MATT DENNY: Hi, everyone.This is your instructor Matt Denny,and welcome to this lecture on setting upRStudio's appearance, and more generally,just getting sort of acquainted with RStudio.So we've now downloaded R, and thenwe've downloaded RStudio, which I've mentioned,is an integrated development environment for R. Ithas a lot of this add-on functionality
MATT DENNY [continued]: and now I'm going to talk you through some of the settingsin a series of two videos that I'm going to do.I'm going to talk you through some of the settingsthat I have set in RStudio that I find make it morehelpful to me as a tool to write good R codeand understand what's going on and be an efficient programmer,and make it also easier to learn how to program.
MATT DENNY [continued]: So we're going to cover setting up the appearance of RStudio--primarily, to make it look cool of course.Just kidding.But not really kidding, actually.It is cool to make your programminginterface, your IDE, look cool, but also to makeit a lot more efficient to use.And so we're going to cover thingslike themes and formatting and window layout
MATT DENNY [continued]: that I have found over the years to be at least whatworks for me the best in terms of how to set up RStudio.So with that, let's get into the nitty-gritty.I'm going to head over to my desktop,and we're going to open up RStudio.OK, so I'm over here on my desktop,and I've got RStudio set up and ready to go.
MATT DENNY [continued]: Now, the first time that you open RStudio, particularlyon a Mac, it might say, hey, you've downloaded this thingfrom the internet.Click on this button to allow yourself to open it.And it might do something similar on Windows.Say yes.RStudio is good, clean, not buggy--well, sometimes buggy, but certainly notvirus-infested software.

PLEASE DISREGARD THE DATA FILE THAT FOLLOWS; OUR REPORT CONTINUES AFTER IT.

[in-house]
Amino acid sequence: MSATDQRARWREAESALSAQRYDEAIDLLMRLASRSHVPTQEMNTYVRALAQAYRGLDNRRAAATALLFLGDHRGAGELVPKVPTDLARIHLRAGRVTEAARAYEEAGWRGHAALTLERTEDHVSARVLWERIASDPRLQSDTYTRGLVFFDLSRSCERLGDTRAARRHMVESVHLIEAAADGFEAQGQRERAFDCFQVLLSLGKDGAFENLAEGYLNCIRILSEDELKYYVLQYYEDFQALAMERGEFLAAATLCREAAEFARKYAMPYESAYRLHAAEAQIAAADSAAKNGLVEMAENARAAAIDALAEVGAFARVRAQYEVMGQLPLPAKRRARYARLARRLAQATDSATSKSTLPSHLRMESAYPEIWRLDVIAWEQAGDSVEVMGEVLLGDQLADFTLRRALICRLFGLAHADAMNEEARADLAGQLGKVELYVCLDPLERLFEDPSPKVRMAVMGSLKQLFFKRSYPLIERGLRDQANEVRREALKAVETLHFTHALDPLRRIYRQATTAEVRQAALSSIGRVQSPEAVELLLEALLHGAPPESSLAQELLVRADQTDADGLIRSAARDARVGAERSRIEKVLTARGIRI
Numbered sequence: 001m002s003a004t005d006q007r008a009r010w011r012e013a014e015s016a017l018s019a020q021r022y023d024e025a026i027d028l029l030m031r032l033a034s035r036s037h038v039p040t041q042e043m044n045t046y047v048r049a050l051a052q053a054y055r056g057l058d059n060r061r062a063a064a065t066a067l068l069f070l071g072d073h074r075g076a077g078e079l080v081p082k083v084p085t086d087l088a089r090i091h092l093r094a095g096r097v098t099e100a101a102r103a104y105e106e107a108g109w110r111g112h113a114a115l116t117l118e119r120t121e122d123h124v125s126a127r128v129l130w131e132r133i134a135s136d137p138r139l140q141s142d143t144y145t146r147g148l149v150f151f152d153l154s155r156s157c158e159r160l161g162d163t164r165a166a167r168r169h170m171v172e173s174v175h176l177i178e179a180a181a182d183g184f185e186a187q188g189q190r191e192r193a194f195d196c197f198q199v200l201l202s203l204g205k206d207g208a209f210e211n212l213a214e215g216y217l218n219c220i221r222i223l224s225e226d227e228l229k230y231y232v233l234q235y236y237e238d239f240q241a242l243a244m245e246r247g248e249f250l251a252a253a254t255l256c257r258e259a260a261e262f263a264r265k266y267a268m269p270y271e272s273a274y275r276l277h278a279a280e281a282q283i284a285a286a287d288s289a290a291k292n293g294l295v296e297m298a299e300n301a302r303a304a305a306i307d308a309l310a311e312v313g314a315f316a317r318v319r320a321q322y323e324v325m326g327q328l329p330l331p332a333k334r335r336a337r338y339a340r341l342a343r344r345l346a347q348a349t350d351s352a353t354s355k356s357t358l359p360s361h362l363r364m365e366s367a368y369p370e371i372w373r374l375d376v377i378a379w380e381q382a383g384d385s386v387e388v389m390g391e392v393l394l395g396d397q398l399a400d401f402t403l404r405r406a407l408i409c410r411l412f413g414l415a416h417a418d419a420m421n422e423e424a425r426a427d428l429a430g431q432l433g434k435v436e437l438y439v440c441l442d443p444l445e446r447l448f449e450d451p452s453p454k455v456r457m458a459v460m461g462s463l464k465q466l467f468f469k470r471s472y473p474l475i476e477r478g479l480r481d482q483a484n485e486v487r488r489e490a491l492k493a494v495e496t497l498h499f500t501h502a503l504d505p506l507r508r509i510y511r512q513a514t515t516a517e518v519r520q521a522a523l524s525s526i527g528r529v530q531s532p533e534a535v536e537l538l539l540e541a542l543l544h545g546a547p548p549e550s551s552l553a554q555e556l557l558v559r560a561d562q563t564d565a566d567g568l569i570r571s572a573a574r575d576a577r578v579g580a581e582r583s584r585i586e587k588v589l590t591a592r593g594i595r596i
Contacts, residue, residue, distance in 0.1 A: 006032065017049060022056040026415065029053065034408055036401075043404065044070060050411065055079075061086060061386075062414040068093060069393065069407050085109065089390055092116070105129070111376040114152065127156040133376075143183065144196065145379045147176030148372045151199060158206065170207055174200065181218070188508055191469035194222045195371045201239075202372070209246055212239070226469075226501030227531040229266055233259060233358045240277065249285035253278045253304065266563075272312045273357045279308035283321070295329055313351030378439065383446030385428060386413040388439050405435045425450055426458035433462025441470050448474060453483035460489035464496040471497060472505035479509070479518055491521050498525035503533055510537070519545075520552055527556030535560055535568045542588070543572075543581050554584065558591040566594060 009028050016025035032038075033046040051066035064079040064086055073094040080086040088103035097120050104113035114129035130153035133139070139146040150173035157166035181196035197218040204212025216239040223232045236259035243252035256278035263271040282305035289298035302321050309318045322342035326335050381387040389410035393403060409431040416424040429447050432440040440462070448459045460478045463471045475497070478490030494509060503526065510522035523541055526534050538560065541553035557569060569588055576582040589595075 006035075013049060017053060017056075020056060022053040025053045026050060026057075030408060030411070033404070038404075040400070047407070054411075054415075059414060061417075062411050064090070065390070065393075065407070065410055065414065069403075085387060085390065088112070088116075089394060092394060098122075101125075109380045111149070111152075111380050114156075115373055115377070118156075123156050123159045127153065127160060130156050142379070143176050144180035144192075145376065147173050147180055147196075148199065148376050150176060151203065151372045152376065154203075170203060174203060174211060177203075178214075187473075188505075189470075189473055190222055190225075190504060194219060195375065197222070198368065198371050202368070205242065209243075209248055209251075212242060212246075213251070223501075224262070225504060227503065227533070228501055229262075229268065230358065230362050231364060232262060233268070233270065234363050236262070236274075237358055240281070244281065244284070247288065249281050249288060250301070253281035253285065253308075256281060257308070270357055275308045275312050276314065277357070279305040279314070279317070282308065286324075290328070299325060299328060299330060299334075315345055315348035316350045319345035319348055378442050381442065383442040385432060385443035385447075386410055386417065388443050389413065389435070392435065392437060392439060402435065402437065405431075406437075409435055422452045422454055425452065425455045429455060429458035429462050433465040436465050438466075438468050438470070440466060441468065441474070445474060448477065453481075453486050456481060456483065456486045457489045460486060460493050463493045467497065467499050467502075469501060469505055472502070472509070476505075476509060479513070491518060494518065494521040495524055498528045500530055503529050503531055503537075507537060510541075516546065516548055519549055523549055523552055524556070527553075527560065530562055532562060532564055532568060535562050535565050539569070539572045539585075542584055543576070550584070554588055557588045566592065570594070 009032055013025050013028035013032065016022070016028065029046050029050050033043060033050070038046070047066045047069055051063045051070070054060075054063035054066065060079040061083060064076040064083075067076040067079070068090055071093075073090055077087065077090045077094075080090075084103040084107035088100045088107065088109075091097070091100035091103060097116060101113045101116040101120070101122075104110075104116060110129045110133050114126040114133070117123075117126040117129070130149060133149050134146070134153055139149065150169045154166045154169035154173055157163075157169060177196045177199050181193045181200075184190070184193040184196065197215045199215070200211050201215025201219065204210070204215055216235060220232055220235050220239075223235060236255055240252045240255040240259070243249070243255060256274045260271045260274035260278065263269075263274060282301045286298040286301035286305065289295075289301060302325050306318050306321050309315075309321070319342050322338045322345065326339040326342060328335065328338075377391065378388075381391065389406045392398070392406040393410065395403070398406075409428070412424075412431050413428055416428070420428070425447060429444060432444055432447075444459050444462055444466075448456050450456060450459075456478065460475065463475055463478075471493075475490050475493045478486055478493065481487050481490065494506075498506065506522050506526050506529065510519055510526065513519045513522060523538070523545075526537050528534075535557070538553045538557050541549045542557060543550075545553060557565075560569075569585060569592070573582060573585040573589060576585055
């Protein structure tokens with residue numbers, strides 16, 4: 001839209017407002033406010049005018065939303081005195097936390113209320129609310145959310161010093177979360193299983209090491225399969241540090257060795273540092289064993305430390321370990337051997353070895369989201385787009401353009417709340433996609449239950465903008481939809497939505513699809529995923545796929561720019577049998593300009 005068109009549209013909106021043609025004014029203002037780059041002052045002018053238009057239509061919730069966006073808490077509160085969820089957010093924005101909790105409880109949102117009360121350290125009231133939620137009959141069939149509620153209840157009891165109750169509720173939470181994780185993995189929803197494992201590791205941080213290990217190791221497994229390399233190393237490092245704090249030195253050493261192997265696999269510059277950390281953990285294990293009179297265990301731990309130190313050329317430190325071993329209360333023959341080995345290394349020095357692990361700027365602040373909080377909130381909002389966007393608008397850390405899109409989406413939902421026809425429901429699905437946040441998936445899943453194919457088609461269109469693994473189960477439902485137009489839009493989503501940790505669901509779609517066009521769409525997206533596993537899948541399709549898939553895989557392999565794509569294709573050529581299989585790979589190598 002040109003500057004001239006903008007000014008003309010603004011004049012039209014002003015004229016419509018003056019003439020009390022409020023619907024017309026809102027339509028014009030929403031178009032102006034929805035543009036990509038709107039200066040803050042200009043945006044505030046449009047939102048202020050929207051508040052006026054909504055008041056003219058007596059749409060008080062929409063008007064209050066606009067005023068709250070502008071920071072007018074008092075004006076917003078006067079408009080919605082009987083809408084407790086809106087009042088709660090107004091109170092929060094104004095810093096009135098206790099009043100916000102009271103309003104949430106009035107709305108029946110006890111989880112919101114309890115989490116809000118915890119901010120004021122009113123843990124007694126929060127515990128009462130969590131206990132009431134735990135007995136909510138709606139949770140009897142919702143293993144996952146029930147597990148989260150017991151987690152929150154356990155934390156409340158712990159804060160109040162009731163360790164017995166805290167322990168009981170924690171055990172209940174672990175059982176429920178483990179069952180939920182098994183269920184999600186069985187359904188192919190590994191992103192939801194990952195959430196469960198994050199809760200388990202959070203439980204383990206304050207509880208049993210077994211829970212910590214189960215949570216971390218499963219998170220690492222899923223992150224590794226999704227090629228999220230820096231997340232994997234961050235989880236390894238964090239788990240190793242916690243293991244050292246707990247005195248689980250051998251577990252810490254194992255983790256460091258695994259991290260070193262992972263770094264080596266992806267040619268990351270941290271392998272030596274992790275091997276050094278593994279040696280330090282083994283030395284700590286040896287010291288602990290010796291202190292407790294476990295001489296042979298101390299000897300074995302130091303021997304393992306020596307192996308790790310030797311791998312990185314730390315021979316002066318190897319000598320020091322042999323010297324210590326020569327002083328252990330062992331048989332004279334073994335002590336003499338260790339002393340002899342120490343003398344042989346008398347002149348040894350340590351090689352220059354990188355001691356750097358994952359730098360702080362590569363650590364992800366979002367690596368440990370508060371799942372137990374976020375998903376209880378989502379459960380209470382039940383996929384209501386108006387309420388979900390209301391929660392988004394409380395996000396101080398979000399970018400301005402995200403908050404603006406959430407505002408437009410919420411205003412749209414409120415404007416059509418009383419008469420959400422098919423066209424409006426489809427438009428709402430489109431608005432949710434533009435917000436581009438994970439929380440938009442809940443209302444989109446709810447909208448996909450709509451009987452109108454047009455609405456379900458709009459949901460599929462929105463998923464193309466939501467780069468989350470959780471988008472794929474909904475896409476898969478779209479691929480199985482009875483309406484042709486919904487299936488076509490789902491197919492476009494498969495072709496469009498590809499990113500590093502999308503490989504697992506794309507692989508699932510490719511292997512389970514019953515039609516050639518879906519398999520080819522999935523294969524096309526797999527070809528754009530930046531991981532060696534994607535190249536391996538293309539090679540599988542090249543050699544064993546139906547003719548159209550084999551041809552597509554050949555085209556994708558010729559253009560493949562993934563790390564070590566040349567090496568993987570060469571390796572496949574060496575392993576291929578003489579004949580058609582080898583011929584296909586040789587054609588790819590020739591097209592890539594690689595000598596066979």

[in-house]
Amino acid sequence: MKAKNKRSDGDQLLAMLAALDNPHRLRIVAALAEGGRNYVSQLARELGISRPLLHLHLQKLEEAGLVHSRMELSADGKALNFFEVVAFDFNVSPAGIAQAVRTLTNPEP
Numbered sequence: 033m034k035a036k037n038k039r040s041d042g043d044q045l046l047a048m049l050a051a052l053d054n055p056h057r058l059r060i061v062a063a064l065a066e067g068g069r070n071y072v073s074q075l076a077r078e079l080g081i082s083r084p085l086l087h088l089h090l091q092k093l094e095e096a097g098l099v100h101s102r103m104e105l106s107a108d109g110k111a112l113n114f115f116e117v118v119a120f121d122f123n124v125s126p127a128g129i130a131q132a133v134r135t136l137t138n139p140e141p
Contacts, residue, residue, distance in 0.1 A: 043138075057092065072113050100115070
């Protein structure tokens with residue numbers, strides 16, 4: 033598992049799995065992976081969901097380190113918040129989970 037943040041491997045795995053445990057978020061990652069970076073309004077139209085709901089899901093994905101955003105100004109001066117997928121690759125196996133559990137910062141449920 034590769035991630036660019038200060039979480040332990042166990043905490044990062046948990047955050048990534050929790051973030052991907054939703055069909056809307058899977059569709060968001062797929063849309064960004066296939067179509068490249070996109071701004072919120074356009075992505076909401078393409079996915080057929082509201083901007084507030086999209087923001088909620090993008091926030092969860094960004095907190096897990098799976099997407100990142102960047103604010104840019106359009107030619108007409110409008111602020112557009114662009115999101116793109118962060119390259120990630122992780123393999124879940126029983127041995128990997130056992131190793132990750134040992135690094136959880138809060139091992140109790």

MATT DENNY [continued]: You can trust it.The folks that make it are really goodand really diligent.And so we're going to open up RStudio.And you're going to get somethingthat does not look like this.So try as I might, I've actually found it very hardto make RStudio revert back to the waythat it looked when I got it the very first time right outof the box.
MATT DENNY [continued]: This is how I set up RStudio.And I'm going to talk you through how I set up RStudio.So one of the first things you're going to noticeare these little gray lines here.You can actually adjust these around.They're called panes in RStudio, and you'regoing to have access to four different panes in RStudio.
MATT DENNY [continued]: And so I'm going to talk you through each of these.But before I do, I'm going to show youhow to actually make your panes look the same way that mine do.And so to do that on either Windows, Linux, or a Mac,you're going to click on the Tools tab up topand then select Global Options.
MATT DENNY [continued]: So that's your first goal right there,is to select Global Options.And this is going to take you to the options, the setupoptions for RStudio.Now, I haven't really told you what RStudio does yet,but just so that we're all on the same pagethat everything looks good, I wantto start by taking you through the pane layouts.So you're going to click on this little button herefor the pane layout.And it's going to give you these little drop-down menu where
MATT DENNY [continued]: you can change what goes in each of these fourpanes, corresponding to one, two, three, and four paneshere.So the source is what I'd like to put in the top left.So what source is--the way that RStudio works, it's like a text editor put nextto just the vanilla R console.
MATT DENNY [continued]: So if we were to open up just base R, what we'd getis, we get just this big white box.And we can type stuff into it, and it willand it will return us answers.It's just a console.It's like a portal to send commands to the R language,and then R will return answers to us in this portal.